The lead neurologist on the team came in a short while later and apologized profusely. She missed the hardware on the CT scan. She should have seen it and didn’t. She was kicking herself and felt absolutely horrible. She assured me the entire team would learn from this which really was of no comfort to me at that point.

What’s next?

She had a plan and for that, I was grateful.

She decided the next best test would be a CT scan with myelogram.

Will this get us a diagnosis? When can we get this? Can this happen tomorrow? It’s already Tuesday night – we have been here a week and Robert is losing function by the minute.


According to the neurologist, there were two options: Cervical Disc Disease with Myelopathy or Cumulative Traumatic Encephalopathy. The CT scan would be able to confirm or rule out the Cervical Disc Disease.

She made it happen and the next morning preparations were made for the CT scan. By noon we were done and after waiting an hour for transport (perhaps the story of the lunatic sister was making the rounds and they were drawing straws for the job), we were back in the room waiting for the diagnosis.

The results were that there was some narrowing of the spinal column in the C5/C6 area but there was enough space left that they were comfortable ruling out Cervical Disc Disease.

The neurologist said she thinks all of Robert’s symptoms and decline are a result of Cumulative Traumatic Encephalopathy. Since all I had was time at the hospital, I had done research on this so asked if it was CTE or CTEM.


I didn’t really mean to play “stump the neurologist.”

The resident on the team went to the computer to look it up: Cumulative Traumatic Encephameylopathy.

The neurologist confirmed it was CTEM, the slightly more aggressive and serious cousin of CTE.

This is not something that can be fixed and it is extremely serious and progressive (sort of like ALS, aka Lou Gehrig’s disease).

But it’s a diagnosis and I find great comfort in knowing what we are dealing with. While we can’t predict exactly how this will progress in Robert, it makes sense. His lung muscles are getting weaker, he has a swallow disorder and his leg muscles are unable to get moving. His brain is forgetting to tell his muscles to work.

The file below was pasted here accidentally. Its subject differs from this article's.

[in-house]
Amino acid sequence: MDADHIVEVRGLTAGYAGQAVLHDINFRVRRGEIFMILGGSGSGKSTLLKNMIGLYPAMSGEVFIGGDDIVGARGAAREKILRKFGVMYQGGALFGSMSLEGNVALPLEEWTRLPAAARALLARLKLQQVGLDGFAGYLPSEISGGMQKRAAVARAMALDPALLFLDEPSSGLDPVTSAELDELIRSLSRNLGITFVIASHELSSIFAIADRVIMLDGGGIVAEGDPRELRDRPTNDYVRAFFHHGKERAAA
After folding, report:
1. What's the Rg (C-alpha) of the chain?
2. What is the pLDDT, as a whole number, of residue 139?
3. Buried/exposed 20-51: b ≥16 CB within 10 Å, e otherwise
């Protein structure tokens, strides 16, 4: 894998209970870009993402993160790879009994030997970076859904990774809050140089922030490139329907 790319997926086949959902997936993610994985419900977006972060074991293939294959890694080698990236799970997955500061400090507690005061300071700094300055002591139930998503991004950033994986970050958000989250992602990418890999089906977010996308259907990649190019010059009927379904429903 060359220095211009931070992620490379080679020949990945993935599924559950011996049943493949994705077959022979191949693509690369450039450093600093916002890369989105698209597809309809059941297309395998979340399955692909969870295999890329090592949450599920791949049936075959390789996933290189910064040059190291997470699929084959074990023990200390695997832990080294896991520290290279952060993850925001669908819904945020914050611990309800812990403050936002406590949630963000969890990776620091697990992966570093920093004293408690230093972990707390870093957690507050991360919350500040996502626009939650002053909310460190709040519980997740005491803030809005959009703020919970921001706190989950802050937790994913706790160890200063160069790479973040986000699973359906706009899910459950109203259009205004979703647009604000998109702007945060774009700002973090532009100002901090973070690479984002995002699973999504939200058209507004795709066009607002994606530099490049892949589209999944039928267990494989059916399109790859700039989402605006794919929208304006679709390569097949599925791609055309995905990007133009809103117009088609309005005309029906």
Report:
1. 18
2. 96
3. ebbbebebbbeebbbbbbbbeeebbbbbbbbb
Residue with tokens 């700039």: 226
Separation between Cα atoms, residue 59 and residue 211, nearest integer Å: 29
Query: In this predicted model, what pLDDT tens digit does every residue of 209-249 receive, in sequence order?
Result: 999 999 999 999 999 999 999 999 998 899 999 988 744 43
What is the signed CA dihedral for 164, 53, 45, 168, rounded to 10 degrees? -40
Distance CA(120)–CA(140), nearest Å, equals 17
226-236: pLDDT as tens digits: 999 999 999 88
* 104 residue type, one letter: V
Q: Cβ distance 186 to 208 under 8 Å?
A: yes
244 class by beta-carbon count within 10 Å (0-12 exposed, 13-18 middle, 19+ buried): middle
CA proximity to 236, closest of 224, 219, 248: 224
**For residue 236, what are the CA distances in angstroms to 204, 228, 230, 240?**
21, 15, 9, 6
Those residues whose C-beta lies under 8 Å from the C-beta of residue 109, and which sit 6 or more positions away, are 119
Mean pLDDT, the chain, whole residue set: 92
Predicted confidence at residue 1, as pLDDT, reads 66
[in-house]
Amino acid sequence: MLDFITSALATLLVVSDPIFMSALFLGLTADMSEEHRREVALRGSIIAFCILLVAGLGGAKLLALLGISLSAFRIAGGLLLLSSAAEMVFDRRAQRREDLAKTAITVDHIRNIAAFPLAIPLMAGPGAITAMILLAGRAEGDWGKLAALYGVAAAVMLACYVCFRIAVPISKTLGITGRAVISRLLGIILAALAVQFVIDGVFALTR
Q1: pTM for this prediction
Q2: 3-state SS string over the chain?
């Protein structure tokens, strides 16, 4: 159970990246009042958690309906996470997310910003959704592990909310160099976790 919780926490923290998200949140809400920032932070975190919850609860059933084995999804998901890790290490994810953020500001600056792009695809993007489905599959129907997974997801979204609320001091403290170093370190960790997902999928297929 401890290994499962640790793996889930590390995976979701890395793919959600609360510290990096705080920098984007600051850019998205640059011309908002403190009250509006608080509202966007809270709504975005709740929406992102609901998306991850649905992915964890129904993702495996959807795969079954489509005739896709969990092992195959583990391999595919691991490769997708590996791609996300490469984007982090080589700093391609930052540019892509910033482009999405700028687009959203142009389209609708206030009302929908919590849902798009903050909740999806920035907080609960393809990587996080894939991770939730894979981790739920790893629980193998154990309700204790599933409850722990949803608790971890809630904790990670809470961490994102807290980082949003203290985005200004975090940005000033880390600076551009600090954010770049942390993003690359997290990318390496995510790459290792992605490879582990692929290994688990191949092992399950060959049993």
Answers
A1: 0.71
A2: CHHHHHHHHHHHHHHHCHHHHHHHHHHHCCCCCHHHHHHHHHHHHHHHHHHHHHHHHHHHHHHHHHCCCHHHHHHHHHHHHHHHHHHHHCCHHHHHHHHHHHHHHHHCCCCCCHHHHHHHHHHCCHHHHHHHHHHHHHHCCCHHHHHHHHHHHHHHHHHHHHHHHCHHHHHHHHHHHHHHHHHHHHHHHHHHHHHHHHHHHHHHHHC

For me, not knowing what is going on or what to expect is worse than knowing.

For me, there is comfort in a diagnosis.

For Robert, he knows he is going to get physical therapy for a few weeks at a Skilled Nursing Facility. He knows he is getting meals served to him and he’s looking forward to the activities at the SNF.

That’s all the comfort he needs for now.

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5 Comments on "Comfort in a Diagnosis"

Profile photo of Denise
Jul 14, 2014

Hi Trish–I totally agree about the comfort of knowing. I start a book, get the gist of the plot line, read the end of the book, then go back to the beginning and finish it. I just don’t like to not know.

So, thank goodness you know. It’s certainly not what you wanted to know, though, and the news means an adjustment for all of you.

I wanted to recommend a resource for you–a podcast I recorded 4 1/2 years ago with a hospice director. His connection wasn’t the best but is message is really wonderful. He reminds us to plan and prepare to manage the declines because that’s the best way to manage them.

Here’s the podcast and recap:

I would also suggest that while Robert’s in rehab to make calls to your local hospice organizations. They can share more information about when hospice would be appropriate. They also can tell you about palliative care, whose purpose is comfort care. I know how important Robert’s comfort is to you and these organizations can share information so that his comfort (which comforts you) happens.

So glad you keep us posted. Let us know, as you can, how everything goes.

Profile photo of Maria
Jul 14, 2014

HI! I just read your post and wanted to know I’m thinking of you & Robert right now! You must be very tired of waiting and then getting no where!
Denise (as always)had some wonderful ideas!
Sending you lots of hugs, prayers, and warm wishes from Kansas,

Profile photo of Pegi
Jul 14, 2014

Trish, yes, there is comfort in having a diagnosis, and I’m glad after all the insanity of the past couple weeks at least you now know what has caused the changes in Robert. I hope that the PT is able to get him some mobility back. Perhaps some “excellence”. He sure does look happy in the pic, can’t ever look away from my favorite smile! You and yours remain in my heart and prayers.

Profile photo of EllysGdaughter
Jul 14, 2014

Hi Trish, oh my, thanks for sharing all the gory details, it makes more sense now. . . you can advocate for him better knowing there really is hardware still!!!???!!! Oh, my gravy… how confusing for everyone. I also like diagnosis,,, just don’t have enough on my Grandma to help me get through every day,,, but it sure does help knowing what is causing pain, paralysis, etc… I love the pictures of Robert smiling too! I’ll have a scoop of Rocky Road today to toast his transition to SNF :) ((HUGS))

Profile photo of jan
Jul 14, 2014

So brave you both are. Human lives at stake. Thank you for sharing your journey with us here.